Arsenal Operations Director says it's a 'wrap'
December 22, 2010
- Video production begins at the Arsenal to help tell the Arsenal story.
- First command video production in nearly eight years at the Arsenal.
- High hopes that new video will help launch new communication efforts at the Arsenal.
WATERVLIET ARSENAL, N.Y -- During my travels this month through the Arsenal, I stumbled upon TV cameras and a film crew in Building 35. As I wandered up to the film site, my heart began to pitter-patter as thoughts that Angelina Jolie might be in town came into my very visual mind.
As I quickened my step toward the action, I looked left and right for something that I may use for Angelina's autograph. Finding a notebook on one of the tables next to a 105mm barrel being prepared for machining, I tore off the page that had some foreign calculations on it and then proceeded to the film crew and more importantly, to Angelina.
I, and not so carefully, weaved my way through the tangle web of cables, sound systems, camera booms and...my hopes were quickly dashed. No Angelina. No Cecil B. DeMille (okay, some of you may need to watch the old movies on the Turner Broadcast Channel to know who that is but many of you won't).
Only John Hockenbury stood at the center of the action. For those who don't know Hockenbury he is the Director of Arsenal Operations. But for some reason, Hockenbury seemed to think that he was also a major film director that day.
I stood back and watched as Hockenbury directed the action waving his hand to the film crew to move a camera this way and that way; pointing to a cast of extras by the names of Bill Dingmon and Carl Pearson and telling them to smile more; and telling the film producer what should happen next. This all happened without Hockenbury spilling a drop of coffee from the cup in his non-directing hand.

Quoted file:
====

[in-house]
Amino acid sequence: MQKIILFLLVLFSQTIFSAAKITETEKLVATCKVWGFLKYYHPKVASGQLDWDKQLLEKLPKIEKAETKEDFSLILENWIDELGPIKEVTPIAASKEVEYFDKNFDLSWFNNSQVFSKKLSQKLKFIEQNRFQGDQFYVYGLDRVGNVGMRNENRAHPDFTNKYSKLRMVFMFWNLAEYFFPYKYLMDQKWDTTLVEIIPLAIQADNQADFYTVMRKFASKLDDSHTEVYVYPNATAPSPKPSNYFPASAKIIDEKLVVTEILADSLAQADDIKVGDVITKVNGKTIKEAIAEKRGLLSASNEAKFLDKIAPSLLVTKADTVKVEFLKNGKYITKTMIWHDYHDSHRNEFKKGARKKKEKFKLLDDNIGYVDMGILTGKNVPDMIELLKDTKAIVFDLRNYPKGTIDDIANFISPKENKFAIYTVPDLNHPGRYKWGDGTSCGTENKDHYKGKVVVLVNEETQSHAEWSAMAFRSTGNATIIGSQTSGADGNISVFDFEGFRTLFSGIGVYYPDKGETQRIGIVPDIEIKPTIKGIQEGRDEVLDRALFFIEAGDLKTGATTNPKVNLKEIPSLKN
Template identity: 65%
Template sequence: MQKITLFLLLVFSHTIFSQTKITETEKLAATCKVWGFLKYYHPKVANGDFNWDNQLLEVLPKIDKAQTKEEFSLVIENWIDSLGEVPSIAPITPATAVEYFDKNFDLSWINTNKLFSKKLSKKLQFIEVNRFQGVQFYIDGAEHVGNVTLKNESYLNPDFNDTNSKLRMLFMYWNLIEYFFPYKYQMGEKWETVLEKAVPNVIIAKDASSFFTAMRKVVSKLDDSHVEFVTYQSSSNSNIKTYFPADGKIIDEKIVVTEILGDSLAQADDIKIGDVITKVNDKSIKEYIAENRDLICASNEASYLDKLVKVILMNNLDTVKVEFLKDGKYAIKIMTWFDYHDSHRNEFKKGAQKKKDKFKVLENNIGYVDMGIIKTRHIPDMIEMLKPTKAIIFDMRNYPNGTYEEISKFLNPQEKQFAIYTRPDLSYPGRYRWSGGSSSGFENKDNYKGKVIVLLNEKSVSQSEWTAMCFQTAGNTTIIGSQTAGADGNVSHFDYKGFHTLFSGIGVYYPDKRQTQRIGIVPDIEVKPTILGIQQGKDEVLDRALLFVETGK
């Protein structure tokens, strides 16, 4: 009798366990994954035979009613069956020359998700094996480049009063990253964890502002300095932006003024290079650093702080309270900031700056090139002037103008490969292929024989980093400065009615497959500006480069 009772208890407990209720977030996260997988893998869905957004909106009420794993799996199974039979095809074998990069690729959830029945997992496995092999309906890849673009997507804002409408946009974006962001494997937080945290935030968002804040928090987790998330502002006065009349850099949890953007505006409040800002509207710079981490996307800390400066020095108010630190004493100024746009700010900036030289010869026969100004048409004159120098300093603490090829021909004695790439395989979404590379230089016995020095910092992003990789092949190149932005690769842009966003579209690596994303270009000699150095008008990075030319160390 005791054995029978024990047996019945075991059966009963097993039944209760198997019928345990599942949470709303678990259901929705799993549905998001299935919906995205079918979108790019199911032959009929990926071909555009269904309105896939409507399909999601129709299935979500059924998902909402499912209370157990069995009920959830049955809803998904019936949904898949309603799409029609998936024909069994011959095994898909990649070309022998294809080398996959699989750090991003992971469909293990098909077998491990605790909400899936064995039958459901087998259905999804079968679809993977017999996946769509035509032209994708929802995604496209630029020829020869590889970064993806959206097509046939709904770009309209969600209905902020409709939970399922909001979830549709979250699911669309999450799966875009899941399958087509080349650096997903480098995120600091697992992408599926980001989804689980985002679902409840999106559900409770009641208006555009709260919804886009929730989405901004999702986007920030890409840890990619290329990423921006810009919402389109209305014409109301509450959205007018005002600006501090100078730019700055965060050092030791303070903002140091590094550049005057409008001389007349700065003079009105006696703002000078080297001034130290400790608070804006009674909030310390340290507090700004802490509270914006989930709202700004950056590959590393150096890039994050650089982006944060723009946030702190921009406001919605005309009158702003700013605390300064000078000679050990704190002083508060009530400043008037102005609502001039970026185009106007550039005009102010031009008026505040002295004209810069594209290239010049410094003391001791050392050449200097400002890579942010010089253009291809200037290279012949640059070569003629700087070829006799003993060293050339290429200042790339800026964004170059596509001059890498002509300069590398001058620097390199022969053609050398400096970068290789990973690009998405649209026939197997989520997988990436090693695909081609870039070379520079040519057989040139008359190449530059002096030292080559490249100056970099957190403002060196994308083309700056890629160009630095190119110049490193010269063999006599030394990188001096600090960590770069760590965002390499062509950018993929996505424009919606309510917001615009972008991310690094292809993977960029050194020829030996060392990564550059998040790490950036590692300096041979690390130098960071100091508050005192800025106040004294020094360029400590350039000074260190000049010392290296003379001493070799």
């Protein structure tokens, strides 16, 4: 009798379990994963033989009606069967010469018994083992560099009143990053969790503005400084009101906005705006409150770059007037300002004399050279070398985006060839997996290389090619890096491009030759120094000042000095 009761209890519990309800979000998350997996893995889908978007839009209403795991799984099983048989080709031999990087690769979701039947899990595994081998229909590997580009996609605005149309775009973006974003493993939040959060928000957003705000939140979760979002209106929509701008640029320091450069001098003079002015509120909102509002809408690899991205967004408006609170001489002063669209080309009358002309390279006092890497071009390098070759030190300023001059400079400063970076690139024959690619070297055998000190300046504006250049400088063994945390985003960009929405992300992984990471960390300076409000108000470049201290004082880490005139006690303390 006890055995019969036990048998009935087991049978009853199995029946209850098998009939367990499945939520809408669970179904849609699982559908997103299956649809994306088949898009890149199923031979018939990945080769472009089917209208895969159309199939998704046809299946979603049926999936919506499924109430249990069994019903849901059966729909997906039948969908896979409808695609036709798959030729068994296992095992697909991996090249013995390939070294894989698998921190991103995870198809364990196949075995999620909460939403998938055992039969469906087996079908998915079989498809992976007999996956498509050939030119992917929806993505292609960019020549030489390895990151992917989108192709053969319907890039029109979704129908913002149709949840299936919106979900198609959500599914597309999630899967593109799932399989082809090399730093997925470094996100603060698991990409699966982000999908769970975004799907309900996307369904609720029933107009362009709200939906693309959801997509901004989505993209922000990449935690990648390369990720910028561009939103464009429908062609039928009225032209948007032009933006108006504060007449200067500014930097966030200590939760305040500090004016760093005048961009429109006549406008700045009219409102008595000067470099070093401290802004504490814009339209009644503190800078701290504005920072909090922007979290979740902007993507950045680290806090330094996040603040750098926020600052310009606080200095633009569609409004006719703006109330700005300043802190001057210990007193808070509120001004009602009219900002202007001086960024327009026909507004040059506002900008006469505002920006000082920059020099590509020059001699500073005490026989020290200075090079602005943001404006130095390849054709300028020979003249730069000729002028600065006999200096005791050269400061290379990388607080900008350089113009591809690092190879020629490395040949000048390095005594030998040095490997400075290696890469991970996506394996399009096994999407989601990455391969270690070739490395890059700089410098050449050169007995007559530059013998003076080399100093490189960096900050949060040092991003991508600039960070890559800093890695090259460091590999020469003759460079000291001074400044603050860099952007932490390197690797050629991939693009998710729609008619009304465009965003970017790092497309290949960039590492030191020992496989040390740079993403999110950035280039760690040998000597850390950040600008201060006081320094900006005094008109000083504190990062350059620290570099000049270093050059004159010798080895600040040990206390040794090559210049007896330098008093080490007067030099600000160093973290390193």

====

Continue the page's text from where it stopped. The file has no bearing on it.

As impressive as Hockenbury is, he is no Angelina.
Being the inquisitive Arsenal reporter that I am - okay, I'm just nosy - I asked Hockenbury what was going on. In the middle of his directing, John cocked his head on an angle, squinted his eyes, and then stared at me for what seemed like an eternity. I felt very uncomfortable because through Hockenbury's silence I gathered that I not only was wasting his time, but I was also interfering with his destiny. I could see it in his eyes...they sparkled "Hollywood."
Hockenbury curtly told me how the Arsenal Business & Technology Partnership had contracted with a local media company by the name of Media Stream to develop a series of marketing videos for the Arsenal. They were in the second day of shooting.
Make no mistake. Media Stream has a very active, hands-on producer by the name of John Heaney. But what Heaney didn't know prior to accepting the contract was the level of Hockenbury's inner drive to become famous.
When I figured out that I was a distraction to Hockenbury - okay, he told me I was - I decided to leave this site. As I began to move away from the camera action, I saw Arsenal Commander Col. Mark F. Migaleddi walk up. The commander took some direction from Hockenbury and within one minute, he became part of the filming. As the commander walked down the bay aisle, with cameras in tow, I could see it in his eyes...they sparkled "Oscar."